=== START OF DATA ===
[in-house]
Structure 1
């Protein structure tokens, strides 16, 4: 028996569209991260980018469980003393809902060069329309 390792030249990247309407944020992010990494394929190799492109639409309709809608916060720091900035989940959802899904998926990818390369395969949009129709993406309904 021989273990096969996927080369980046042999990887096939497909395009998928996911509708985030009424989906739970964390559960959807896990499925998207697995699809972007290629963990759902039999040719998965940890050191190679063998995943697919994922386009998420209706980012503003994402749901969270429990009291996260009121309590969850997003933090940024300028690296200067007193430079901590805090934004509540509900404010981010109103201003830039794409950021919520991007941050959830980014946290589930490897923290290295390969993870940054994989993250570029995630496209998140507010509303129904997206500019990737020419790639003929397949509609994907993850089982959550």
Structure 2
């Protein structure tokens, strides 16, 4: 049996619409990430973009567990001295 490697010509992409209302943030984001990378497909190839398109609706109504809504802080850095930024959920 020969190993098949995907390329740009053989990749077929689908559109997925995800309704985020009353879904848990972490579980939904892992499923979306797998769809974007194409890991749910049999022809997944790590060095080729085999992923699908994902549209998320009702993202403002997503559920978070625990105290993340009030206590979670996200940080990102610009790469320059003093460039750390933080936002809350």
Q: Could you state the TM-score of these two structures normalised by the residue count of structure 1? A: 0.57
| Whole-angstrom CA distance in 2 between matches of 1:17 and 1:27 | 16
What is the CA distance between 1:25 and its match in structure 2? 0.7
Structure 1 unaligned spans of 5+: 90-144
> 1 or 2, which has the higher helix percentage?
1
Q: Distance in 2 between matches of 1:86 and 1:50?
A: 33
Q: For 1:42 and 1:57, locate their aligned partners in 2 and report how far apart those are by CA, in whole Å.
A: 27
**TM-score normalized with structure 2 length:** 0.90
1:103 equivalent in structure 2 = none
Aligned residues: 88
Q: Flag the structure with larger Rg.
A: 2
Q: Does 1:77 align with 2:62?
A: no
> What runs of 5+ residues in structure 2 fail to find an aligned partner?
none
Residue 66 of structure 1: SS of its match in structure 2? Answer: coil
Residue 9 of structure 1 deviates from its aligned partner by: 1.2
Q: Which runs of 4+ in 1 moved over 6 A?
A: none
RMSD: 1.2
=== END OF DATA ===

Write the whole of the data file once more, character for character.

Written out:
[in-house]
Structure 1
């Protein structure tokens, strides 16, 4: 028996569209991260980018469980003393809902060069329309 390792030249990247309407944020992010990494394929190799492109639409309709809608916060720091900035989940959802899904998926990818390369395969949009129709993406309904 021989273990096969996927080369980046042999990887096939497909395009998928996911509708985030009424989906739970964390559960959807896990499925998207697995699809972007290629963990759902039999040719998965940890050191190679063998995943697919994922386009998420209706980012503003994402749901969270429990009291996260009121309590969850997003933090940024300028690296200067007193430079901590805090934004509540509900404010981010109103201003830039794409950021919520991007941050959830980014946290589930490897923290290295390969993870940054994989993250570029995630496209998140507010509303129904997206500019990737020419790639003929397949509609994907993850089982959550």
Structure 2
């Protein structure tokens, strides 16, 4: 049996619409990430973009567990001295 490697010509992409209302943030984001990378497909190839398109609706109504809504802080850095930024959920 020969190993098949995907390329740009053989990749077929689908559109997925995800309704985020009353879904848990972490579980939904892992499923979306797998769809974007194409890991749910049999022809997944790590060095080729085999992923699908994902549209998320009702993202403002997503559920978070625990105290993340009030206590979670996200940080990102610009790469320059003093460039750390933080936002809350």
Q: Could you state the TM-score of these two structures normalised by the residue count of structure 1? A: 0.57
| Whole-angstrom CA distance in 2 between matches of 1:17 and 1:27 | 16
What is the CA distance between 1:25 and its match in structure 2? 0.7
Structure 1 unaligned spans of 5+: 90-144
> 1 or 2, which has the higher helix percentage?
1
Q: Distance in 2 between matches of 1:86 and 1:50?
A: 33
Q: For 1:42 and 1:57, locate their aligned partners in 2 and report how far apart those are by CA, in whole Å.
A: 27
**TM-score normalized with structure 2 length:** 0.90
1:103 equivalent in structure 2 = none
Aligned residues: 88
Q: Flag the structure with larger Rg.
A: 2
Q: Does 1:77 align with 2:62?
A: no
> What runs of 5+ residues in structure 2 fail to find an aligned partner?
none
Residue 66 of structure 1: SS of its match in structure 2? Answer: coil
Residue 9 of structure 1 deviates from its aligned partner by: 1.2
Q: Which runs of 4+ in 1 moved over 6 A?
A: none
RMSD: 1.2